coffins draped with the Stars and Stripes.

It’s the video for ‘Born Dead’. the title track of Body Count’s new album. And. okay. no one’s calling this The Battles/zip Potent/(in. Still. considering the living brain-death of 99 per cent of promo videos. Body Count the hardcore band Ice T reportedly formed so that his guitar- toting high-school chum Ernie C. could play in a group where he wasn’t required to wear Spandex - deserve credit for using a rancid medium to convey their message. Shame hardly anyone’s going to see it. They‘ve never exactly been MTV’s best friends. (‘You change this and change that and then the same video show will pop up and go “Let’s fight for free speech”.’ lce grumbles.)

At least. with two years of touring behind them and a second album in the can. Body Count are being accepted on something approaching their own terms. ‘We made it into the class of the rock ‘n‘ roll people last year.’ lce tells me. ‘They stopped calling us “a black rock band".’

The furore that surrounded the band’s debut album is now part of American folklore. It was the record that contained ‘Cop Killer‘. arguably the most controversial song ever released in America. Body Count shifted a million units and took Ice T to Number Two in a chart he hadn’t counted on: the FBl’s National Threat list. When employees at Time-Warner. the parent company of the record label on which it was released. started to receive death threats. lce decided enough was enough and withdrew the track from the album.

‘l’ve listened to some of the girls rapping, and it you listen to Salt ’n’ Pepa, they’re sexist. But it’s like a one- way thing: women can’t he sexist. It’s ridiculous. It’s like saying black people can’t be racist. Black people can be racist. I hold my ground.’

Body Count are now on Virgin who. according to lee. void their contract the moment the band smell censorship and the repercussions of ‘Cop Killer" have all but died down. ‘But us and the cops will always be at odds for life. Whenever we go to play a venue. it’s “Are they gonna do that song?" Forever. That’s a part of our group. man. Even in LA. to do a gig we gotta deal with all the cops and are we gonna play that song and . . . bullshit. But it’s all right. it ain’t gonna stop us.’

Nor is he expecting similar controversy with Born Dead, an album of more ‘global’ anger than the first.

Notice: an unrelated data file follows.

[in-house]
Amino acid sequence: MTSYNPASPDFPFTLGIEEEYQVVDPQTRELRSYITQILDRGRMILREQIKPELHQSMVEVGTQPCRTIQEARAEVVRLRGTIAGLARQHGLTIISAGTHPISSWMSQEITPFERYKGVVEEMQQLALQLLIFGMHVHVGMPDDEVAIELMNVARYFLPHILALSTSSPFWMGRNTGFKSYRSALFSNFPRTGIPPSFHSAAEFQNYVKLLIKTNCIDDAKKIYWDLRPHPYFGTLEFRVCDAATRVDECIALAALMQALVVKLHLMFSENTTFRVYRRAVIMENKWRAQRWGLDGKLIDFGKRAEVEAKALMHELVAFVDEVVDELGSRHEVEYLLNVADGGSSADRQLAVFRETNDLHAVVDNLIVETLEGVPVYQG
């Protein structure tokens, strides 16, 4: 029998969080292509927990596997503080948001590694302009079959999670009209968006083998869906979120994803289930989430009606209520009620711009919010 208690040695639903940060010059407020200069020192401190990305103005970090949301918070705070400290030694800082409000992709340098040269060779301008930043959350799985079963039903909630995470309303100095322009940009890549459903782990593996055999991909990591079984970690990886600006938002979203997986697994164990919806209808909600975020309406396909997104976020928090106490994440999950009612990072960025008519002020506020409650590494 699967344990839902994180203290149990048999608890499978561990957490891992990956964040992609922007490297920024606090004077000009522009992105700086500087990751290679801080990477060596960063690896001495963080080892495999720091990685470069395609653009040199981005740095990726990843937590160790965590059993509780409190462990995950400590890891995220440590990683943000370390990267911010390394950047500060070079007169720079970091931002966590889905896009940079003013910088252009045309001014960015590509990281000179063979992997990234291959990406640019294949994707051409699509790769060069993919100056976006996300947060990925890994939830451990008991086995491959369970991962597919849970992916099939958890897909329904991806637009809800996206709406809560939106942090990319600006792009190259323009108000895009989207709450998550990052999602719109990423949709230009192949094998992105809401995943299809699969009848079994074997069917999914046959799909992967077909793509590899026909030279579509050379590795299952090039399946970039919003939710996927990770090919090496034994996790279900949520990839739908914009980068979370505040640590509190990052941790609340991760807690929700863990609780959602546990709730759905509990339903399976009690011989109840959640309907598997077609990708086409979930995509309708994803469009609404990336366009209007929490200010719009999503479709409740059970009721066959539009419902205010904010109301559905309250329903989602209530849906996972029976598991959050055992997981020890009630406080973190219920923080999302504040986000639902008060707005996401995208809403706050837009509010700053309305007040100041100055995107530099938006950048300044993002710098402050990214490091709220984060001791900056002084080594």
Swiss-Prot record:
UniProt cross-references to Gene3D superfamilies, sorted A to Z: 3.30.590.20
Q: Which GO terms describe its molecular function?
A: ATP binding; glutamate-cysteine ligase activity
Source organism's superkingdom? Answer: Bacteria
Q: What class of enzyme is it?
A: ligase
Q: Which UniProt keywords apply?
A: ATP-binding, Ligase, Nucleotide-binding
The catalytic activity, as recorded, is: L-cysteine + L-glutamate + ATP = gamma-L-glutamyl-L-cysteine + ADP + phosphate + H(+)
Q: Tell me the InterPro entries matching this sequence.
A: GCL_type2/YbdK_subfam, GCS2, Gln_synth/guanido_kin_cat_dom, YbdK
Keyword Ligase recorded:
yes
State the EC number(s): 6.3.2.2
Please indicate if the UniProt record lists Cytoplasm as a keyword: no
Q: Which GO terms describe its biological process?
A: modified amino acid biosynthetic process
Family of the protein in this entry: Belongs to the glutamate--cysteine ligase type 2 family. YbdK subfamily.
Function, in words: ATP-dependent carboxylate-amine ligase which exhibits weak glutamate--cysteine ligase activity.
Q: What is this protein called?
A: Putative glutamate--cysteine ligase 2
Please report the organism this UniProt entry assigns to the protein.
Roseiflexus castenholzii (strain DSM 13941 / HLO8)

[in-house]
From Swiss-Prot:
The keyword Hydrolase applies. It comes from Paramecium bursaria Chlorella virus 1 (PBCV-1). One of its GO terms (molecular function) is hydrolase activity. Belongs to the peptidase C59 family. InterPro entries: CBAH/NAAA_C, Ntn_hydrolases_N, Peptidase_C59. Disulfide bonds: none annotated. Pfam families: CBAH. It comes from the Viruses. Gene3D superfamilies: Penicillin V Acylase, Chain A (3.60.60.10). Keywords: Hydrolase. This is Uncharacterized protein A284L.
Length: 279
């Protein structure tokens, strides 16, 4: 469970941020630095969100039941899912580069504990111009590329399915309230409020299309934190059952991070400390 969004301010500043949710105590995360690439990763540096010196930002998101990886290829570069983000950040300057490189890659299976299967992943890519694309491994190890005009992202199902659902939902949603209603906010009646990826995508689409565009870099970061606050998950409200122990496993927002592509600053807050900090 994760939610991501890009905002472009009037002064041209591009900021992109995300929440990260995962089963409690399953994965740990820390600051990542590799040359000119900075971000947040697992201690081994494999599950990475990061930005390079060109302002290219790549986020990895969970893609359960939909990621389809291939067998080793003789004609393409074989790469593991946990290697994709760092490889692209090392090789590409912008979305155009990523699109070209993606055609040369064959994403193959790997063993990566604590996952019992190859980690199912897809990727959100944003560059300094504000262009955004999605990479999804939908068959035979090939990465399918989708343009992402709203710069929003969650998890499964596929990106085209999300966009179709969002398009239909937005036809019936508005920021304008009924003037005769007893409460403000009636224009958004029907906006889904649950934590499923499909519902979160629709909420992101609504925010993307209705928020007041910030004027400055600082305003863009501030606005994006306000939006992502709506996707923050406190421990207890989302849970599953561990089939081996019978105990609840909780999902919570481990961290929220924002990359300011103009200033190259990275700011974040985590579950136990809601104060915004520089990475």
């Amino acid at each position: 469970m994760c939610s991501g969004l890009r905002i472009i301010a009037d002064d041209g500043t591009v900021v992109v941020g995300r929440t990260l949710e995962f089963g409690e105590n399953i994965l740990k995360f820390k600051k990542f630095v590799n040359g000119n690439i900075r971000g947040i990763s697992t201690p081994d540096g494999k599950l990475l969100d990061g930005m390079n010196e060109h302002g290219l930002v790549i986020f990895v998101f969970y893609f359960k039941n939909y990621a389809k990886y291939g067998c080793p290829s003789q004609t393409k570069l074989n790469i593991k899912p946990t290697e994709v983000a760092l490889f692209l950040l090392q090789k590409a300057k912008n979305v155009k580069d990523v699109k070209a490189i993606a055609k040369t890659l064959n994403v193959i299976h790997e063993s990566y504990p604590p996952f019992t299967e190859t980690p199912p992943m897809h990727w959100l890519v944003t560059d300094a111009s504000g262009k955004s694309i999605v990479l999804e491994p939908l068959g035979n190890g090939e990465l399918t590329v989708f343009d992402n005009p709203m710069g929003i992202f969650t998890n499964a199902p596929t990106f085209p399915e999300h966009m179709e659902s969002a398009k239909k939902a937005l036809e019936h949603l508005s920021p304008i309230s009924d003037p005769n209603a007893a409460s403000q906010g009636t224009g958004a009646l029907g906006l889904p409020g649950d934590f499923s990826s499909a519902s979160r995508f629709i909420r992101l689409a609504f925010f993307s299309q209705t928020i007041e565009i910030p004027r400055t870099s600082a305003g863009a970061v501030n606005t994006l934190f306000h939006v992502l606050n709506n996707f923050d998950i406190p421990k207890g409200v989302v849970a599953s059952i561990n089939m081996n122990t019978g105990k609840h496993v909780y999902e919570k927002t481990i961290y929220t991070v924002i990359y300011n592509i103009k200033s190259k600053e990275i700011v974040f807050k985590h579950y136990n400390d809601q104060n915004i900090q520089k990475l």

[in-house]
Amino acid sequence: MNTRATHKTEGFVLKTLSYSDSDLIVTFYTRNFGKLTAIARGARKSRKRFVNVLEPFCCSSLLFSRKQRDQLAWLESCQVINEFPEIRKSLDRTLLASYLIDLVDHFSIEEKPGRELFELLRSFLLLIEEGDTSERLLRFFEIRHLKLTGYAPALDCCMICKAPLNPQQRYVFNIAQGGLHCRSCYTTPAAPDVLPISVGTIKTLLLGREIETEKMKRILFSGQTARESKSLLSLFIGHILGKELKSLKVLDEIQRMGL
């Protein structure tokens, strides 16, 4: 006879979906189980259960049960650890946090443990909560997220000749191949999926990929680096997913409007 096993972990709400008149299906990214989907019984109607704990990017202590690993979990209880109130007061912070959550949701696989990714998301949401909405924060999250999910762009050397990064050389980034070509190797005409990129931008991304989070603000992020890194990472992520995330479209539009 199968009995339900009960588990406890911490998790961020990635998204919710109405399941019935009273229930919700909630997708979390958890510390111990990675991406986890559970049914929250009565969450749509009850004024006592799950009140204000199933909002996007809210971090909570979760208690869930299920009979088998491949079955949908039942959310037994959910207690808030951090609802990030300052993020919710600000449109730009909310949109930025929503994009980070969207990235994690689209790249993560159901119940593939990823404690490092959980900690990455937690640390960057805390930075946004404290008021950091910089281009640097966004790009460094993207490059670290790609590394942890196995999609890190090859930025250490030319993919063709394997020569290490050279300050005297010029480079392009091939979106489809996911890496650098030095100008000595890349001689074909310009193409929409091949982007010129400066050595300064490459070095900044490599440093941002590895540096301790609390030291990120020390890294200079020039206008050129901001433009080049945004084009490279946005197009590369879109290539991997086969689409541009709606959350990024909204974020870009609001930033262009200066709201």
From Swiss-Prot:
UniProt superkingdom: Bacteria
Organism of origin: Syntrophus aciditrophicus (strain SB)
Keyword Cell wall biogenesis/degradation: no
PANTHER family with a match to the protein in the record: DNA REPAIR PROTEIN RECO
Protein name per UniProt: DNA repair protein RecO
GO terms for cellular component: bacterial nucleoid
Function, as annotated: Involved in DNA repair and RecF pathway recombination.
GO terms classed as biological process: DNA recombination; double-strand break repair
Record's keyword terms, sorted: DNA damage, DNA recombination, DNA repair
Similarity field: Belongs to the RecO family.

‘I think all that controversy was timinU.’ he says. ‘l’m listening to records continuously. every day. and I’m hearing wilder shit than I ever said. The bad thing about controversy is that people seem to think that controversy helps you. But to me it doesn‘t. because it makes people think I want it. and that makes me seem clzeesy.’

This year. as an extension of the lectures he’s been giving across the States, Ice T brought out a book. The Ice Opinion. to try to clear up misconceptions about himselfand his views. It’s a perceptive and funny chunk of common sense written by a man who knows what it takes to survive at the bottom of the heap.

Every chapter concluding with the disclaimer ‘That’s my opinion on [fill in the blank]. who

gives a fuck’. The Ice Opinion roves through his feelings about crime. race. politics. rap. religion Ice is a founding member of the non-racist. non-monogamous One Percent Nation. who recognise no intermediary between themselves and God and regard sex as their holy sacrament and (you knew we’d get there eventually) his alleged sexism. The word ‘bitch‘. a term he uses abundantly. is. ‘from the ghetto perspective . . . a non-gender-specitic slang term for anyone who thinks the world revolves around them. It can also be used as a term of endearment.’

Try telling that to the women sweepingly pigeonholed ‘feminists‘ who challenge him for such stuff. He does. ‘l‘ve talked to more feminists than most feminists have.‘ But what does he say to them?

‘Usually. when you use the word -ist.‘ he begins. though he’d been the one to bring the word up. ‘that has to do with being fanatical: racist. sexist. So a lot oftimes people are beyond rationality when they go into these -ist things. I basically deal with them like I deal with it in the book. I say. “Hey. look. I‘m a man. I‘m into sex” and that’sjust simply that. and women are into sex too. but if youjust want to live in a state of denial . . . y‘know? But I deal with .s'm'ua/itv. and if I look at a girl and she’s line. I wanna fuck. And that’sjust nature.’

‘If I was out to abuse women and destroy them. that’s wrong. But I’m not. Sexism is saying. “I disrespect women from the bottom up. they are less than me.“ It’s something deeper than saying. “I enjoy looking at a girl in a mini- skirt".’

Warming to his theme. he announces. ‘l’ve listened to some of the girls rapping. and if you listen to Salt ’n’ Pepa, they're sexist. But it‘s like a one—way thing: women can‘t be sexist. It‘s ridiculous. It’s like saying black people can’t be racist. Black people can be racist. I hold my ground.’

There’s a lot to like about Ice T. l-{e invented gangsta rap. but he doesn't glorify crime (he‘s


Bodycount in the house

got too many friends in the slammer for that. and knows but for the grace of God he could have been in there himself). he has no time for separatists or racists. lle‘s willing to admit he could be completely wrong. and is prepared to change his mind about things to the extent that he marched alongside representatives of Queer Nation during the LA riots. which once would have been unthinkable. And at the same time. he’ll brand women who challenge him with the -ist word and make pronouncements like ‘ls a woman oppressed? They got half the money and all the pussy’. as he did to NMl:"s Steven Wells. Tongue in cheek? Who knows? But it doesn’t all add up. Yet. I’m hoping it will.

That‘s my opinion on Ice T. who gives a fuck? Ll Body Count play The Barrow/(1nd. Glasgow on Sun 2.

It looks could kill...

The List 23 September-b ()ctober l‘)‘)4 9